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Farnsworth accused of trying to protect spousal rape. Not for the first time.

By: - February 21, 2020 1:53 pm

The sponsor of a bill that would let rape survivors terminate the parental rights of their rapists, even without a criminal conviction, said Thursday that her bill was dead because Republican Sen. Eddie Farnsworth demanded it include a carve-out for husbands who rape their wives.

Capitol veterans know this isn’t the first time Farnsworth has a history of fighting legislative efforts to recognize and punish spousal rape.

“While I am open to reasonable negotiations to get a bill passed, I am not willing to compromise the safety of anyone who has been raped, the safety of their child, and my integrity,” Sen. Victoria Steele, D-Tucson, wrote in an announcement on Twitter

Steele spoke to Phoenix New Times about her interactions with Farnsworth, a veteran lawmaker long considered one of the most conservative people in the legislature. She told the weekly that Farnsworth bluntly told her that he doesn’t believe spousal rape is a real thing, and that he wanted her to take the political heat for making her bill exempt marital relationships.

Steele said she worked with Farnsworth and had been trying to reach a compromise on her bills when, “He said, ‘There’s one thing, and you’re not gonna like it.'”

“‘I don’t think someone who’s been married, and has children, should be able to cry rape,'” Steele claims Farnsworth said. “‘I would want an amendment… Not only do I want an amendment, I’m not gonna run it, you are, because I’ll just get attacked. You have to amend your own bill to take married people out.'”

Steele reportedly considered the amendment, in the hopes of removing the spousal rape exemption next year, after Farnsworth has left the legislature.

But she opted against it, telling New Times that she couldn’t go through with it: “It doesn’t matter if your rapist is someone you’re married to, work with, or a stranger. It’s cruel. It’s unconscionable.”

Back in the early aughts, there was an effort to add teeth to Arizona’s anemic spousal rape law. The 1988 law classified spousal rape as a class 6 felony – the lowest grade of felony – and required women to prove “force or threatened use of force.”

A 2004 effort failed, but the bill came back in 2005. After clearing the Senate, it came to the House, where Farnsworth headed up the Judiciary Committee. 

The bill’s backers knew Farnsworth was a fierce opponent of the idea. In a 2005 Phoenix Magazine article about one victim’s push to increase the penalties for spousal rape, Bill Hart, then the exeuctive director of the Arizona Sexual Assault Network, told journalist Jana Bommersbach about his discussion with Farnsworth on the matter.

Hart remembers a conversation that took place one day on the Capital Mall. As he remembers it, Farnsworth told him, “Some would argue there are conjugal rights that exist within a marriage.” Hart says he responded by saying, “Some would argue that that idea comes from the days when women were seen as chattel.”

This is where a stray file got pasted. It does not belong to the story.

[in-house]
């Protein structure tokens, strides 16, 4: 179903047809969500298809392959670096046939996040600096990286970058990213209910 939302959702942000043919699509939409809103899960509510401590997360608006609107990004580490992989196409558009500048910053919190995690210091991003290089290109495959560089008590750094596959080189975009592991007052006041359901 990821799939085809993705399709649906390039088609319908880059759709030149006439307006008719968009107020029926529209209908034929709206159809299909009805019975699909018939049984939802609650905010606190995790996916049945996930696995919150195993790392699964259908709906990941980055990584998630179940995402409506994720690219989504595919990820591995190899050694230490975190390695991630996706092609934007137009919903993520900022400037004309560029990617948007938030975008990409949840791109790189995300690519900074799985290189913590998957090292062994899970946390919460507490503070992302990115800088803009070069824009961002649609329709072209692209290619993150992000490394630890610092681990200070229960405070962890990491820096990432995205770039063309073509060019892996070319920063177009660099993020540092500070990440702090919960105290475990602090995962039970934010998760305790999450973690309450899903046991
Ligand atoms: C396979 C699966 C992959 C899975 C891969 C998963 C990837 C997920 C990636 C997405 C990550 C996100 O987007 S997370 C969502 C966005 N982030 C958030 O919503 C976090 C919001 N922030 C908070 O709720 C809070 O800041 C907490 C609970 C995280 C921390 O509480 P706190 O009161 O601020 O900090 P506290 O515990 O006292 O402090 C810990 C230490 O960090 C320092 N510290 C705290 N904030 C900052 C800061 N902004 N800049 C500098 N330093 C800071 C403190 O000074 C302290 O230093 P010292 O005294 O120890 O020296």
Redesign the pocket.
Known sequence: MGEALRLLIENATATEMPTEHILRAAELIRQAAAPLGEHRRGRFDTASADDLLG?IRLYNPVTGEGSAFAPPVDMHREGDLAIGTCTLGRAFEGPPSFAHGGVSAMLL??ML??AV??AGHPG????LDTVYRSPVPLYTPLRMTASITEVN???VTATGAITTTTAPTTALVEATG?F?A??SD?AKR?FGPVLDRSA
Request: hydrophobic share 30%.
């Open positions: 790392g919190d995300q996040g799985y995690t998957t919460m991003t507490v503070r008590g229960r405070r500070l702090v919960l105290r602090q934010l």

When Deb (the victim advocating for the bill) confronted Farnsworth herself, she asked him, “Don’t you have any daughters?” and she was told he had seven. She wondered why that hadn’t made him see the light. But, apparently, it never did.

To avoid Farnsworth killing the bill in committee, its supporters persuaded House Speaker Jim Weiers – who supported the effort in 2004, when he was in the Senate – to send the bill to another committee.

The bill made it to the floor, where it passed overwhelmingly. Farnsworth wasn’t present for the vote, but it was opposed by four Republicans, including three of whom – his seatmate, Andy Biggs, Russell Pearce and another East Valley Republican named Chuck Gray – were close allies of his.

Gov. Janet Napoitano signed the bill into law in May 2005.

UPDATE: In a statement issued in response to the New Times article, Senate Republican leaders called the article a “hit-piece” on Farnsworth and accused Steele of lying “to score political points.” In his own statement, Farnsworth said his concern with the legislation centered on the severance of parental rights for one child when there are other children in the family. He also accused Steele of lying about the conversation she recounted to New Times: “This discussion never happened. It is a complete fabrication.”

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Jim Small
Jim Small

Jim Small is a native Arizonan and has covered state government, policy and politics since 2004, with a focus on investigative and in-depth policy reporting, first as a reporter for the Arizona Capitol Times, then as editor of the paper and its prestigious sister publications. He has also served as the editor and executive director of the Arizona Center for Investigative Reporting.